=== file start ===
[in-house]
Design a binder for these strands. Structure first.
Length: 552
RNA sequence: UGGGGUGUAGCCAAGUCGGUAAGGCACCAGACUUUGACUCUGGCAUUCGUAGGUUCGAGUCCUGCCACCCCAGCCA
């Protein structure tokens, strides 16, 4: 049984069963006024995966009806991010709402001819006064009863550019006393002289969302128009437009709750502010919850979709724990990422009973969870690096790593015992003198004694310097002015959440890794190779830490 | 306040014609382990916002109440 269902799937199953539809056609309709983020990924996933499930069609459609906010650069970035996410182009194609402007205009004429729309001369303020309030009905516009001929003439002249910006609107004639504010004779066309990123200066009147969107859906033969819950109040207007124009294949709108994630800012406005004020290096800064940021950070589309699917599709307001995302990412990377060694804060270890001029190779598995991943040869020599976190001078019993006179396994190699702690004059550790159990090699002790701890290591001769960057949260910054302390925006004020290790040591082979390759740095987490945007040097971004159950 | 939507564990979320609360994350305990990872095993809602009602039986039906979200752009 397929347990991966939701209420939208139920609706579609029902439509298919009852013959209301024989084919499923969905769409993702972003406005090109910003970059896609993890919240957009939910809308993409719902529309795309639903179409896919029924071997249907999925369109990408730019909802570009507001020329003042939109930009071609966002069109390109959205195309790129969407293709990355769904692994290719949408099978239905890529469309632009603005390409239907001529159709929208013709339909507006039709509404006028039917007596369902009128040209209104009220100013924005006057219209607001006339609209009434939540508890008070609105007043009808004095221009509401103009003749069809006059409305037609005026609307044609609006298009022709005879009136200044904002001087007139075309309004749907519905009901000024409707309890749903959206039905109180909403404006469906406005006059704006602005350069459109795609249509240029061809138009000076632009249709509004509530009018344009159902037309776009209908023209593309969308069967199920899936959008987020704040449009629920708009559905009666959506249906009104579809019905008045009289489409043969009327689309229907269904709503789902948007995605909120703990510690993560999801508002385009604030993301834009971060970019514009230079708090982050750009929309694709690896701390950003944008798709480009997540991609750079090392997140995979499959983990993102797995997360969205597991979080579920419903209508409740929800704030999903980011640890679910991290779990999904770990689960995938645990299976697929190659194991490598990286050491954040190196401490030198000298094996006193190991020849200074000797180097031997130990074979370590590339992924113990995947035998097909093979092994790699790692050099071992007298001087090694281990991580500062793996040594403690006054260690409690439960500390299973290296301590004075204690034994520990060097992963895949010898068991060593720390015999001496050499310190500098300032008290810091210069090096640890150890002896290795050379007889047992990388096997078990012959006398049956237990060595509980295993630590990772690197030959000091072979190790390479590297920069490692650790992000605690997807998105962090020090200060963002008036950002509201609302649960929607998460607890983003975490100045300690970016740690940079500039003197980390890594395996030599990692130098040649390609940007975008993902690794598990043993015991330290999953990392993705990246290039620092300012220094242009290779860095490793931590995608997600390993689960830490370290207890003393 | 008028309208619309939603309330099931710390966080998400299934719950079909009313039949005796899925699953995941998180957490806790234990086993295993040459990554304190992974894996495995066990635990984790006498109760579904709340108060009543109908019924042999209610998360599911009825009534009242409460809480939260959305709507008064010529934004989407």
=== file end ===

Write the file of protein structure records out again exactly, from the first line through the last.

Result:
[in-house]
Design a binder for these strands. Structure first.
Length: 552
RNA sequence: UGGGGUGUAGCCAAGUCGGUAAGGCACCAGACUUUGACUCUGGCAUUCGUAGGUUCGAGUCCUGCCACCCCAGCCA
């Protein structure tokens, strides 16, 4: 049984069963006024995966009806991010709402001819006064009863550019006393002289969302128009437009709750502010919850979709724990990422009973969870690096790593015992003198004694310097002015959440890794190779830490 | 306040014609382990916002109440 269902799937199953539809056609309709983020990924996933499930069609459609906010650069970035996410182009194609402007205009004429729309001369303020309030009905516009001929003439002249910006609107004639504010004779066309990123200066009147969107859906033969819950109040207007124009294949709108994630800012406005004020290096800064940021950070589309699917599709307001995302990412990377060694804060270890001029190779598995991943040869020599976190001078019993006179396994190699702690004059550790159990090699002790701890290591001769960057949260910054302390925006004020290790040591082979390759740095987490945007040097971004159950 | 939507564990979320609360994350305990990872095993809602009602039986039906979200752009 397929347990991966939701209420939208139920609706579609029902439509298919009852013959209301024989084919499923969905769409993702972003406005090109910003970059896609993890919240957009939910809308993409719902529309795309639903179409896919029924071997249907999925369109990408730019909802570009507001020329003042939109930009071609966002069109390109959205195309790129969407293709990355769904692994290719949408099978239905890529469309632009603005390409239907001529159709929208013709339909507006039709509404006028039917007596369902009128040209209104009220100013924005006057219209607001006339609209009434939540508890008070609105007043009808004095221009509401103009003749069809006059409305037609005026609307044609609006298009022709005879009136200044904002001087007139075309309004749907519905009901000024409707309890749903959206039905109180909403404006469906406005006059704006602005350069459109795609249509240029061809138009000076632009249709509004509530009018344009159902037309776009209908023209593309969308069967199920899936959008987020704040449009629920708009559905009666959506249906009104579809019905008045009289489409043969009327689309229907269904709503789902948007995605909120703990510690993560999801508002385009604030993301834009971060970019514009230079708090982050750009929309694709690896701390950003944008798709480009997540991609750079090392997140995979499959983990993102797995997360969205597991979080579920419903209508409740929800704030999903980011640890679910991290779990999904770990689960995938645990299976697929190659194991490598990286050491954040190196401490030198000298094996006193190991020849200074000797180097031997130990074979370590590339992924113990995947035998097909093979092994790699790692050099071992007298001087090694281990991580500062793996040594403690006054260690409690439960500390299973290296301590004075204690034994520990060097992963895949010898068991060593720390015999001496050499310190500098300032008290810091210069090096640890150890002896290795050379007889047992990388096997078990012959006398049956237990060595509980295993630590990772690197030959000091072979190790390479590297920069490692650790992000605690997807998105962090020090200060963002008036950002509201609302649960929607998460607890983003975490100045300690970016740690940079500039003197980390890594395996030599990692130098040649390609940007975008993902690794598990043993015991330290999953990392993705990246290039620092300012220094242009290779860095490793931590995608997600390993689960830490370290207890003393 | 008028309208619309939603309330099931710390966080998400299934719950079909009313039949005796899925699953995941998180957490806790234990086993295993040459990554304190992974894996495995066990635990984790006498109760579904709340108060009543109908019924042999209610998360599911009825009534009242409460809480939260959305709507008064010529934004989407």